Closing arguments made in trial of police officer charged with assault
A judge will rule next month whether or not a Saskatoon police officer used excessive force when he punched and pepper-sprayed a 14-year-old teen.
Closing arguments in the trial of Const. Luke St. Onge were heard Tuesday at Saskatoon provincial court.
The officer is charged with assault causing bodily harm and assault with a weapon.
Court heard Monday St. Onge hit a teen and blasted him with pepper spray while the youth, who was 14 at the time, was held to the ground.
The teen testified he was missing from his group home on May 27, 2012, when he saw some police officers and started to run.
At the time, the officers were searching for a boy who was suspected of firing bear spray at St. Onge.
Const. Chad Nolan told court Monday that after he tackled the fleeing teen and pinned him face down on the ground, St. Onge struck the youth once in the head.
Another officer, Const. Joseph Taylor, testified he saw St. Onge make several punching motions towards the boy's head, but couldn't see if any of the punches connected.
The teen testified that he was punched in the face between 10 and 15 times. St. Onge said he punched the boy three to five times.
Taylor said the teen was also pepper sprayed.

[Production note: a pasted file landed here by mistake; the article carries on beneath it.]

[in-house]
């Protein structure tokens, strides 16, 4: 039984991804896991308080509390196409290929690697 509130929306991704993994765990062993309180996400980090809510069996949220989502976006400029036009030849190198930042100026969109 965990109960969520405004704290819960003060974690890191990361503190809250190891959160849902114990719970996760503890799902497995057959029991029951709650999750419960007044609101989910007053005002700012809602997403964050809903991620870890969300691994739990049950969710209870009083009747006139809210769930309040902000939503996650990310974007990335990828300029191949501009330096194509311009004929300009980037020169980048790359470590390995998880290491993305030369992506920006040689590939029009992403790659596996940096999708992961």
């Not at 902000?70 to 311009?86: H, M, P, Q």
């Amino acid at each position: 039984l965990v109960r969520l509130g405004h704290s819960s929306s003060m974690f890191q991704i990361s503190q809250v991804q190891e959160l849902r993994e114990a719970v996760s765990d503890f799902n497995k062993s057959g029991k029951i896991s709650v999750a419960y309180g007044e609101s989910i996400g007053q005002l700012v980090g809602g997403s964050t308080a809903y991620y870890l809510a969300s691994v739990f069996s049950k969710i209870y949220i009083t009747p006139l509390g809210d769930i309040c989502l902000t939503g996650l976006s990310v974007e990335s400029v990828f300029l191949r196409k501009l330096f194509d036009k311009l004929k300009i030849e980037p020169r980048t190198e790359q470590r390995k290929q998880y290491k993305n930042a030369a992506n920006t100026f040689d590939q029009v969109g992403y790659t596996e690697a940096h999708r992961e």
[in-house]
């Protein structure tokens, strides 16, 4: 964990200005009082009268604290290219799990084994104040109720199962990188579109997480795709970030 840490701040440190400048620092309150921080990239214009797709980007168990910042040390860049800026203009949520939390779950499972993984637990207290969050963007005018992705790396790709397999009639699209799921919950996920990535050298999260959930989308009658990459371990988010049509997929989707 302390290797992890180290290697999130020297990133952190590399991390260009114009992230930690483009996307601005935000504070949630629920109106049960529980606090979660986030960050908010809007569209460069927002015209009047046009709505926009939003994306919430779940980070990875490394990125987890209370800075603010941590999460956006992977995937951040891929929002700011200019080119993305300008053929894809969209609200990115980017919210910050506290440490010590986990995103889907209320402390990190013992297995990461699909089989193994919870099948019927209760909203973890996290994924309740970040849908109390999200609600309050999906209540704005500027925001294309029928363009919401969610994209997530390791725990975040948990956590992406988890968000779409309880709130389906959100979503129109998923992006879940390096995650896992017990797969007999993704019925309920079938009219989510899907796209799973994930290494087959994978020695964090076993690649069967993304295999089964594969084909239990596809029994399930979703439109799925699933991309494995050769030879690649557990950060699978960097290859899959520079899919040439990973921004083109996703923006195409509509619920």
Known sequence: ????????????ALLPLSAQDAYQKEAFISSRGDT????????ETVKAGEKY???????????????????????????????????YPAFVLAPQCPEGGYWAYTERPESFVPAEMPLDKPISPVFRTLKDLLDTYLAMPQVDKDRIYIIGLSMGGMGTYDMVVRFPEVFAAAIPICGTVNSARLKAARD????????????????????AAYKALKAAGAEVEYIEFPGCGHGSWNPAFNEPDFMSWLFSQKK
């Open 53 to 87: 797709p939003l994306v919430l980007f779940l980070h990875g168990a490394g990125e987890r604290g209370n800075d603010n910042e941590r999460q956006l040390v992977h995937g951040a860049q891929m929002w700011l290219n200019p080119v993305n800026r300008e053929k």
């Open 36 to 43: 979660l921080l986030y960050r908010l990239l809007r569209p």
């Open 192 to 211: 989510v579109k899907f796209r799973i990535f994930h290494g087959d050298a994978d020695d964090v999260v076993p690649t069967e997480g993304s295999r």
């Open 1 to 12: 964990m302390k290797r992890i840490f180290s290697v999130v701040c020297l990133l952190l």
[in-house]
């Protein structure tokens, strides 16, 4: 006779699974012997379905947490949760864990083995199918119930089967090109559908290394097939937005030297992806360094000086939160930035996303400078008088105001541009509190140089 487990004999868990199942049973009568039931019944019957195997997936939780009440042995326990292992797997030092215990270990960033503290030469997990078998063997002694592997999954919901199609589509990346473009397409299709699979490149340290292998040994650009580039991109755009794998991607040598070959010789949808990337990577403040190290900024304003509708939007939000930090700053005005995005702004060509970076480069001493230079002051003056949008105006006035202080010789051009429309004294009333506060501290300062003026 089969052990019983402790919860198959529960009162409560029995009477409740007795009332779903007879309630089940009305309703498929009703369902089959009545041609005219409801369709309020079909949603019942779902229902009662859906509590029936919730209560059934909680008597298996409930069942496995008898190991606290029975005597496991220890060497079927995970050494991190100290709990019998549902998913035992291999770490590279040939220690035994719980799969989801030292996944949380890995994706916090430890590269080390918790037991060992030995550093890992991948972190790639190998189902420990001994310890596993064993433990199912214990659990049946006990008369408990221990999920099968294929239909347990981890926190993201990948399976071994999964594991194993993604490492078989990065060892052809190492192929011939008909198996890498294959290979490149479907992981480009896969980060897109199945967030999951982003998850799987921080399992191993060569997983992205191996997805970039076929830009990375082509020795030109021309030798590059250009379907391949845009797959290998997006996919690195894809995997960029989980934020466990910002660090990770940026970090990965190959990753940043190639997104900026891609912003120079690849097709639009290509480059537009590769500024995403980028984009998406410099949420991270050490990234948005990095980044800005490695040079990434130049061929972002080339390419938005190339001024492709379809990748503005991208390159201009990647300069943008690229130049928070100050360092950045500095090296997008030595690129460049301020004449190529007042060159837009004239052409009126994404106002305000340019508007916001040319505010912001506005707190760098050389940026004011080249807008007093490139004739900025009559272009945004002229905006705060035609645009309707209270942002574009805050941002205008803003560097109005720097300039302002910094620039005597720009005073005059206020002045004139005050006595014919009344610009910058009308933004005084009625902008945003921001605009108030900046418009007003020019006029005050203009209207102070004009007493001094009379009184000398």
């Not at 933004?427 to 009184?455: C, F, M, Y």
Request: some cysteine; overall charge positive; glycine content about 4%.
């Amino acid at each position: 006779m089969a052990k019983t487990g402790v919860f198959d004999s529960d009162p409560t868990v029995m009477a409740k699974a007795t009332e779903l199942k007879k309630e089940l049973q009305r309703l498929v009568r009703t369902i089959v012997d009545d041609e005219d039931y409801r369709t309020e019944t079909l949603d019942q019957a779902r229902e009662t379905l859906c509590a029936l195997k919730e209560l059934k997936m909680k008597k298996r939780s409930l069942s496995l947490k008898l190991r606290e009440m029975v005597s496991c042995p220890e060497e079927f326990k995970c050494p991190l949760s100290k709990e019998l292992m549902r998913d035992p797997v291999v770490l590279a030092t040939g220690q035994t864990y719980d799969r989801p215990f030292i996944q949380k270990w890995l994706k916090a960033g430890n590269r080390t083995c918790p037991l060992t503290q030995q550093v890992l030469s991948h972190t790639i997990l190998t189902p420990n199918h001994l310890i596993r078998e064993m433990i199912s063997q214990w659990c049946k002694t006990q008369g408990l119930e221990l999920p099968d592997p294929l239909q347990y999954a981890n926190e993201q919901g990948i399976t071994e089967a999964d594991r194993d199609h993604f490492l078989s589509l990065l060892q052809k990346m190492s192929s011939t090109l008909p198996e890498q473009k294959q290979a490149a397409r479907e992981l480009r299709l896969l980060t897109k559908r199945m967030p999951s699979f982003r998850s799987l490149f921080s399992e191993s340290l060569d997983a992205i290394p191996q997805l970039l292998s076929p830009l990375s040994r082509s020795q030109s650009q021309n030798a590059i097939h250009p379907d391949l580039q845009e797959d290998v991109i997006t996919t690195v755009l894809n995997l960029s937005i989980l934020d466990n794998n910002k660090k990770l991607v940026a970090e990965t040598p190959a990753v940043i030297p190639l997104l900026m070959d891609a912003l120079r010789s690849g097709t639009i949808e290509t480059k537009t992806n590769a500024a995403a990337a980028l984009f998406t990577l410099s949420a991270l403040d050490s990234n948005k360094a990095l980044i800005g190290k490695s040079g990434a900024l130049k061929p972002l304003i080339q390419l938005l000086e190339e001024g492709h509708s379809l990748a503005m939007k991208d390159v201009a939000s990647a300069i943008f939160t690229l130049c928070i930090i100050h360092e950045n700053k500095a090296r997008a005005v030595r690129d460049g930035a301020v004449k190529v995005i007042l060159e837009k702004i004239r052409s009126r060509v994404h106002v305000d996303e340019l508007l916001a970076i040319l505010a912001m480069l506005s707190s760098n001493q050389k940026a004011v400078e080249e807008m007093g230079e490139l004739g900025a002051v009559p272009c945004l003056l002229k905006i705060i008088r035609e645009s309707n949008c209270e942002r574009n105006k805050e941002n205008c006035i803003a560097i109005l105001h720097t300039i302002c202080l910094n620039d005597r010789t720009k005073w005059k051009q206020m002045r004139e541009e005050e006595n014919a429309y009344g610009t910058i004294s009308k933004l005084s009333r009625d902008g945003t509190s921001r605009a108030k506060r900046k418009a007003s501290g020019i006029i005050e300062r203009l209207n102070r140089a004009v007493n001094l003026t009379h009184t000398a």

The teen testified that his left eye was swollen shut for up to two weeks after he was hit and that he had extensive bruising to the left side of his face and his right ear.
The teen was not carrying a weapon at the time, but the defence argued Tuesday that the officers who were arresting him thought he was carrying a weapon because he refused to move his left arm from underneath him after police tackled him.
The officers also had reason to believe the teen was resisting arrest because he was squirming, the defence said.
The crown argued that punching was likely unnecessary as four officers were enough to hold down the 130-pound teen.
The defence said St. Onge followed proper police protocol, which calls for force if someone is resisting arrest and the use of pepper spray if someone continues fighting.
Judge Dan O’Hanlan will issue his verdict March 28.
St. Onge has since been suspended with pay.
with files from the Canadian Press